Joint industry project to investigate the integrity of carbon dioxide pipelines subjected to hydrogen sulfide from the carbon dioxide stream for carbon capture and storage applications.
The amount of H2S allowed in CO2 pipelines are defined in the recommended practice (RP) DNV-RP-F104 "Design and operation of carbon dioxide pipelines". The RP was not developed with carbon capture and storage (CCS) in mind. The current amount of H2S allowed is low and many potential customers are likely not to meet the requirements without cleaning the CO2. By having a less strict gas specification more sources/customers can deliver CO2 to CCS. The joint industry project (JIP) CO2 Safe & Sour aims to investigate which levels of H2S can be accepted in the pipelines for CCS and update the RP based on the findings.
This Joint Industry Project by DNV will take a look at how increasing acceptable levels of H2S will affect the risk for Sulphide Stress Cracking (SSC) and corrosion damages in carbon steel pipelines used for CCS. Increasing the acceptable level of H2S in the pipes will potentially enable CCS projects to receive CO2 from a higher number of sources/customers with a limited need for processing/cleaning. The project will provide general recommendations for industry wide use and will lead to an update of the DNV-RP-F104 "Design and operation of carbon dioxide pipelines".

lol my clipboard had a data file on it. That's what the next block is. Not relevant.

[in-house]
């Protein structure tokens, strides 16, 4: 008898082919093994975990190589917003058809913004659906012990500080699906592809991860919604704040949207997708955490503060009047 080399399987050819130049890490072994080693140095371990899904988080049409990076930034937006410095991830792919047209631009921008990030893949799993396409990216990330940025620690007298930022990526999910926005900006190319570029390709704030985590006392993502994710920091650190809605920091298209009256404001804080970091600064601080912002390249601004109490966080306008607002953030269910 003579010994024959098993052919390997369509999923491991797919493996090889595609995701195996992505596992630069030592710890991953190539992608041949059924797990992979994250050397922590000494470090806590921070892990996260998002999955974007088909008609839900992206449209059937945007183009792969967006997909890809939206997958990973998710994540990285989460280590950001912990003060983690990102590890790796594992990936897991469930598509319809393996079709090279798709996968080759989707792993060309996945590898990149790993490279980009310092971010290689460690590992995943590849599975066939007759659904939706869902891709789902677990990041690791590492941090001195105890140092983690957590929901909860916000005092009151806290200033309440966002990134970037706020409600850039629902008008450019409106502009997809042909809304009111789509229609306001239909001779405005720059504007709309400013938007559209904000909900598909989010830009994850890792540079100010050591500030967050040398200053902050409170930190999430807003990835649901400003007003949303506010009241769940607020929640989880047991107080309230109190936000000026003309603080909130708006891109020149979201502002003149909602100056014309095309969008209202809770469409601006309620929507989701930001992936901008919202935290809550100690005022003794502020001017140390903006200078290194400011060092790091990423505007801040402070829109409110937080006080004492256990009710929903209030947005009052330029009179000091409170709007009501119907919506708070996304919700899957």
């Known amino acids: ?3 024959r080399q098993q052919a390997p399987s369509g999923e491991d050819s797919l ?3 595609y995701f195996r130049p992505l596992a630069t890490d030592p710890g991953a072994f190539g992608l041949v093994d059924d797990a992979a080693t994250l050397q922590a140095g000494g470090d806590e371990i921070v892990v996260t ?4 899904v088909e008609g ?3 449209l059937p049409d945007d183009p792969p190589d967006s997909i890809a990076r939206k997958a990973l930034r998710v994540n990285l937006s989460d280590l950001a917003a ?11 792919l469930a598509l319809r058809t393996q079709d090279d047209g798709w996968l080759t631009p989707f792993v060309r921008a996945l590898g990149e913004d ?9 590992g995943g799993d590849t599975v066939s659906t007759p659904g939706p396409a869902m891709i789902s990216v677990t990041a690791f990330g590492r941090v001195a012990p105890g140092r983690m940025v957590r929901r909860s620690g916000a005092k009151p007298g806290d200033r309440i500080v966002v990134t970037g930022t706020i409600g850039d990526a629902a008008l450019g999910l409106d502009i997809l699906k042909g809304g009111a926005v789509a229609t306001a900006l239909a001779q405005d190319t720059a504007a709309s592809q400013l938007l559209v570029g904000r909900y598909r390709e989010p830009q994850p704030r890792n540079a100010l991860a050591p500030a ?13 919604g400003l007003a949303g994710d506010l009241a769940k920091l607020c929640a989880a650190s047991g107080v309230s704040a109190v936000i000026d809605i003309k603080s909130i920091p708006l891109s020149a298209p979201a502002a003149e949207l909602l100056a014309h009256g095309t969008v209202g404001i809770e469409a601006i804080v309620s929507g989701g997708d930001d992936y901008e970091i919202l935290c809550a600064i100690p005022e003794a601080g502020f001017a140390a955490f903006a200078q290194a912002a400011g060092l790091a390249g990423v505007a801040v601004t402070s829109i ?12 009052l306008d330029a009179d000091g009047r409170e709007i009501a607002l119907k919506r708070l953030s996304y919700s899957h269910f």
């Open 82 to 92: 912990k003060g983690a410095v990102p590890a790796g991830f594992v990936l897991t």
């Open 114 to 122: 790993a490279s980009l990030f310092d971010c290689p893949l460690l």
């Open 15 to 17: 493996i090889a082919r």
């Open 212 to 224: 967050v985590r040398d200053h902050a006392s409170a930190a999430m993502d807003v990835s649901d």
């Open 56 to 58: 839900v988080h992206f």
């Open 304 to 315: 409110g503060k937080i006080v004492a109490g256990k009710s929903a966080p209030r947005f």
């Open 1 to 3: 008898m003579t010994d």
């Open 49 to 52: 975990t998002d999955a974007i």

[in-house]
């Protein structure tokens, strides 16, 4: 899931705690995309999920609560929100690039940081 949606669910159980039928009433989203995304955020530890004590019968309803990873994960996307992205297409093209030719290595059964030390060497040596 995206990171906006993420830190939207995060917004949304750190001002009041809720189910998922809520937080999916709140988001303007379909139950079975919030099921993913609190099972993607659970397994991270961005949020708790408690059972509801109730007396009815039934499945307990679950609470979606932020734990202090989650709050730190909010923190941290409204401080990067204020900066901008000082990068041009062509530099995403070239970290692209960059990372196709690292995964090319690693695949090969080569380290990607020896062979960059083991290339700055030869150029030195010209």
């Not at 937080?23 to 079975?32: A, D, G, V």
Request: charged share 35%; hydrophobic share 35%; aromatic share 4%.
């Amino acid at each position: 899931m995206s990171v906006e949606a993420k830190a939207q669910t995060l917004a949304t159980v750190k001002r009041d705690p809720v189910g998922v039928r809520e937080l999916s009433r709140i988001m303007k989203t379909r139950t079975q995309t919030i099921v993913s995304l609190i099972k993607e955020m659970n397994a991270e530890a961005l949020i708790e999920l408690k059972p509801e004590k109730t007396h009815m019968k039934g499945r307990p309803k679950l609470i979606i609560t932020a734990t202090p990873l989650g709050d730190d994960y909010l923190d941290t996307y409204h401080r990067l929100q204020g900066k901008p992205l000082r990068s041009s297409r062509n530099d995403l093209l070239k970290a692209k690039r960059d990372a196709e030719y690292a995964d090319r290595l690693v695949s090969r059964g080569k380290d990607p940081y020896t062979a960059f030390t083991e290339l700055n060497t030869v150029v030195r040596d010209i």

Increased tolerance levels for impurities can give considerable value to CCS projects. It makes CCS more accessible for different sources/costumers and requires limiting need for gas processing.
DNV manages the project, and it was kicked off in March 2022 with Equinor, Shell, Gassco, TotalEnergies, IFE, Wood, and funding from the CLIMIT program by Gassnova. In January 2023 the JIP was extended to include ExxonMobil, Woodside, ArcelorMittal, Vallourec, Subsea7, Tenaris, and Corinth.
The JIP was kicked off in March 2022 and has will conclude summer 2024.